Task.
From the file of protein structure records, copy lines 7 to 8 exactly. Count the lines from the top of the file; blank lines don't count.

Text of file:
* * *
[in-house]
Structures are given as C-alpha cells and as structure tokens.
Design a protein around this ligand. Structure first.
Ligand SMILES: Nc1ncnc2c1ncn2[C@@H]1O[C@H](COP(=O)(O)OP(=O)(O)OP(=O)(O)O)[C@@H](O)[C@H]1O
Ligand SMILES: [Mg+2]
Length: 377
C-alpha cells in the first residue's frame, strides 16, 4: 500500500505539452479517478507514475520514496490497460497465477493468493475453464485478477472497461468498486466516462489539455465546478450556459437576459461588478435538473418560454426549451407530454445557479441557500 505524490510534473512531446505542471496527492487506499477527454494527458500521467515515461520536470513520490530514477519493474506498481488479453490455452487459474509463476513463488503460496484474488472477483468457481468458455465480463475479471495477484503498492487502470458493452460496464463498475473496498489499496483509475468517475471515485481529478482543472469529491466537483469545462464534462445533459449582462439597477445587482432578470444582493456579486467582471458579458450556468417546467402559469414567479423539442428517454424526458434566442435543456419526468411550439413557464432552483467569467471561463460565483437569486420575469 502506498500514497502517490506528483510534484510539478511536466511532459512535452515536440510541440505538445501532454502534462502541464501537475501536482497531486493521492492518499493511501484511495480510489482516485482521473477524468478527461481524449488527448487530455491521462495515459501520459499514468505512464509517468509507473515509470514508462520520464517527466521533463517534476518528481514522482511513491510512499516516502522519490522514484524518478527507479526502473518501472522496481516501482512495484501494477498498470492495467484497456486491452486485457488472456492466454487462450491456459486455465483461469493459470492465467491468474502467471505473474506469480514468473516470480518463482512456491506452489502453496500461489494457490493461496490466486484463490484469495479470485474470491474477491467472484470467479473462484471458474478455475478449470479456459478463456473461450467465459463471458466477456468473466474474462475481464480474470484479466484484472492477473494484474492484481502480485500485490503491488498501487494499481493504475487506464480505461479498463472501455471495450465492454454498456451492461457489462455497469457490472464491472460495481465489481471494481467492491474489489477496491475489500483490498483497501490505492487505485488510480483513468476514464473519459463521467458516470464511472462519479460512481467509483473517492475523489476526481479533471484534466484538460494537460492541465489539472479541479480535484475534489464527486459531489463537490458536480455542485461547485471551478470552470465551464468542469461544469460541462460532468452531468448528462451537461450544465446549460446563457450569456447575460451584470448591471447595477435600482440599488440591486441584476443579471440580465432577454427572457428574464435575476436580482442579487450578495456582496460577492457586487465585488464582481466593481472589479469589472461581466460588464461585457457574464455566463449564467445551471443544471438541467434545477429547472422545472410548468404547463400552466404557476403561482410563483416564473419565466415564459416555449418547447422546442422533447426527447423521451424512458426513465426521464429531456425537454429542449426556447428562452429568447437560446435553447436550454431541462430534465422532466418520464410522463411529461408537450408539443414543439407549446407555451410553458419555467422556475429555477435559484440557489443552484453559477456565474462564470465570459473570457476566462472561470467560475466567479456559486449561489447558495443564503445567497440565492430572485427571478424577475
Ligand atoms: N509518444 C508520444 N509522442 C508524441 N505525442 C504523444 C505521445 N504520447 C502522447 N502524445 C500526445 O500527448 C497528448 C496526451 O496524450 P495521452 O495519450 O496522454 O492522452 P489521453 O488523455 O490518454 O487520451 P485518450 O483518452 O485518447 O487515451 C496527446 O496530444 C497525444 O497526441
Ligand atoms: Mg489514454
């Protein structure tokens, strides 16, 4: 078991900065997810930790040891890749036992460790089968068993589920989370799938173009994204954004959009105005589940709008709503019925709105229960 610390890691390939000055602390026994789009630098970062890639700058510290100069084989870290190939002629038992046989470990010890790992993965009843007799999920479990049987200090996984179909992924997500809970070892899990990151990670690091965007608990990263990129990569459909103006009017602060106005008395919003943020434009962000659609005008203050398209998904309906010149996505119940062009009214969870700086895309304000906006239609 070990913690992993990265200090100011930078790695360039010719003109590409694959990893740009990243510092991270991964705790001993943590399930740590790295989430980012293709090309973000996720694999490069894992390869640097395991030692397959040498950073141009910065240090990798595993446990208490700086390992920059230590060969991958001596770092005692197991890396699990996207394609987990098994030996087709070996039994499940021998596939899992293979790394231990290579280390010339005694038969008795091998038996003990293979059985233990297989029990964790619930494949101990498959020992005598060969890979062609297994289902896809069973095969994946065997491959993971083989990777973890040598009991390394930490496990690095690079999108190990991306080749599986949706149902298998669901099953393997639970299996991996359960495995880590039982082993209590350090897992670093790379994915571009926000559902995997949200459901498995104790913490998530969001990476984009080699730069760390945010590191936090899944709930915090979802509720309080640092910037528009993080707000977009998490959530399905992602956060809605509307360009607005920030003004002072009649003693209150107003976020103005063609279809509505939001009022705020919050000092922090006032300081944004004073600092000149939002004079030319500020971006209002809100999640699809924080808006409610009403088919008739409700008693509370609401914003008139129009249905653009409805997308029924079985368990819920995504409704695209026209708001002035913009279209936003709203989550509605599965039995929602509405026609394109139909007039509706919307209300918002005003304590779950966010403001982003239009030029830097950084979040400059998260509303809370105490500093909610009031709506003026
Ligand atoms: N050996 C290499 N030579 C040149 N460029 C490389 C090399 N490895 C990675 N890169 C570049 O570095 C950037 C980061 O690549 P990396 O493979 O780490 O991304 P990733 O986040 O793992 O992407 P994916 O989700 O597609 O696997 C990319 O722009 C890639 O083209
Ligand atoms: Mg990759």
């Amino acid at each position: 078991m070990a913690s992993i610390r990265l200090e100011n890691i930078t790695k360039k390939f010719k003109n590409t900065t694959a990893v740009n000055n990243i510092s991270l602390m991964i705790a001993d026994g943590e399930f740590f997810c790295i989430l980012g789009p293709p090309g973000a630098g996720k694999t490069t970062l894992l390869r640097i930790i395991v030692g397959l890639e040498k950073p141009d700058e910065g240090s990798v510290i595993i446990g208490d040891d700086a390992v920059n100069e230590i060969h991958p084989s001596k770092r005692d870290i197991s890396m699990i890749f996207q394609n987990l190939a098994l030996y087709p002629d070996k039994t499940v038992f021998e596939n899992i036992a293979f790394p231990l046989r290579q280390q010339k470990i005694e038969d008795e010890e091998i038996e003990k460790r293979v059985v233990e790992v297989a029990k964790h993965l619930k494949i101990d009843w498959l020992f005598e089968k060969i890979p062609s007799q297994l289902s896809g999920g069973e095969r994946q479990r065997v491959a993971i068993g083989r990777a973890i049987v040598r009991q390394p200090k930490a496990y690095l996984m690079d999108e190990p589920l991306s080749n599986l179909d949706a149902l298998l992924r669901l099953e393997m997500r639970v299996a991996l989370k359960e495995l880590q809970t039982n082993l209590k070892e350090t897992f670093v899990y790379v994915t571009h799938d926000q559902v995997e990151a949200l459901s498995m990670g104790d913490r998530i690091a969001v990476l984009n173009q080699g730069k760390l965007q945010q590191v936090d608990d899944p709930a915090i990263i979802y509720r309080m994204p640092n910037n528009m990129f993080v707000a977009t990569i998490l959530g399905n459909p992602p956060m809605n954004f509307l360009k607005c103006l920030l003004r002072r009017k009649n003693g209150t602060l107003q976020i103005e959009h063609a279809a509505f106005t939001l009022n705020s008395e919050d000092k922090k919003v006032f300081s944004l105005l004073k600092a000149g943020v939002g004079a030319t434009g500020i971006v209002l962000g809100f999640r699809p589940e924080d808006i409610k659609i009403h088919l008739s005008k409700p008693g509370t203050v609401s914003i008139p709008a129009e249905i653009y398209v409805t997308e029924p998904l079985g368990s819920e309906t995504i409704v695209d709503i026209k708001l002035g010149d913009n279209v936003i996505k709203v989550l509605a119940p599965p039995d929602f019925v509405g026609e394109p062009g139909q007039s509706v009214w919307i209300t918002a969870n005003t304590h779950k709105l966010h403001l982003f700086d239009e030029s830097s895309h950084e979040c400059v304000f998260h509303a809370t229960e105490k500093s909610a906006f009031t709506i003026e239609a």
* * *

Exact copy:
C-alpha cells in the first residue's frame, strides 16, 4: 500500500505539452479517478507514475520514496490497460497465477493468493475453464485478477472497461468498486466516462489539455465546478450556459437576459461588478435538473418560454426549451407530454445557479441557500 505524490510534473512531446505542471496527492487506499477527454494527458500521467515515461520536470513520490530514477519493474506498481488479453490455452487459474509463476513463488503460496484474488472477483468457481468458455465480463475479471495477484503498492487502470458493452460496464463498475473496498489499496483509475468517475471515485481529478482543472469529491466537483469545462464534462445533459449582462439597477445587482432578470444582493456579486467582471458579458450556468417546467402559469414567479423539442428517454424526458434566442435543456419526468411550439413557464432552483467569467471561463460565483437569486420575469 502506498500514497502517490506528483510534484510539478511536466511532459512535452515536440510541440505538445501532454502534462502541464501537475501536482497531486493521492492518499493511501484511495480510489482516485482521473477524468478527461481524449488527448487530455491521462495515459501520459499514468505512464509517468509507473515509470514508462520520464517527466521533463517534476518528481514522482511513491510512499516516502522519490522514484524518478527507479526502473518501472522496481516501482512495484501494477498498470492495467484497456486491452486485457488472456492466454487462450491456459486455465483461469493459470492465467491468474502467471505473474506469480514468473516470480518463482512456491506452489502453496500461489494457490493461496490466486484463490484469495479470485474470491474477491467472484470467479473462484471458474478455475478449470479456459478463456473461450467465459463471458466477456468473466474474462475481464480474470484479466484484472492477473494484474492484481502480485500485490503491488498501487494499481493504475487506464480505461479498463472501455471495450465492454454498456451492461457489462455497469457490472464491472460495481465489481471494481467492491474489489477496491475489500483490498483497501490505492487505485488510480483513468476514464473519459463521467458516470464511472462519479460512481467509483473517492475523489476526481479533471484534466484538460494537460492541465489539472479541479480535484475534489464527486459531489463537490458536480455542485461547485471551478470552470465551464468542469461544469460541462460532468452531468448528462451537461450544465446549460446563457450569456447575460451584470448591471447595477435600482440599488440591486441584476443579471440580465432577454427572457428574464435575476436580482442579487450578495456582496460577492457586487465585488464582481466593481472589479469589472461581466460588464461585457457574464455566463449564467445551471443544471438541467434545477429547472422545472410548468404547463400552466404557476403561482410563483416564473419565466415564459416555449418547447422546442422533447426527447423521451424512458426513465426521464429531456425537454429542449426556447428562452429568447437560446435553447436550454431541462430534465422532466418520464410522463411529461408537450408539443414543439407549446407555451410553458419555467422556475429555477435559484440557489443552484453559477456565474462564470465570459473570457476566462472561470467560475466567479456559486449561489447558495443564503445567497440565492430572485427571478424577475
Ligand atoms: N509518444 C508520444 N509522442 C508524441 N505525442 C504523444 C505521445 N504520447 C502522447 N502524445 C500526445 O500527448 C497528448 C496526451 O496524450 P495521452 O495519450 O496522454 O492522452 P489521453 O488523455 O490518454 O487520451 P485518450 O483518452 O485518447 O487515451 C496527446 O496530444 C497525444 O497526441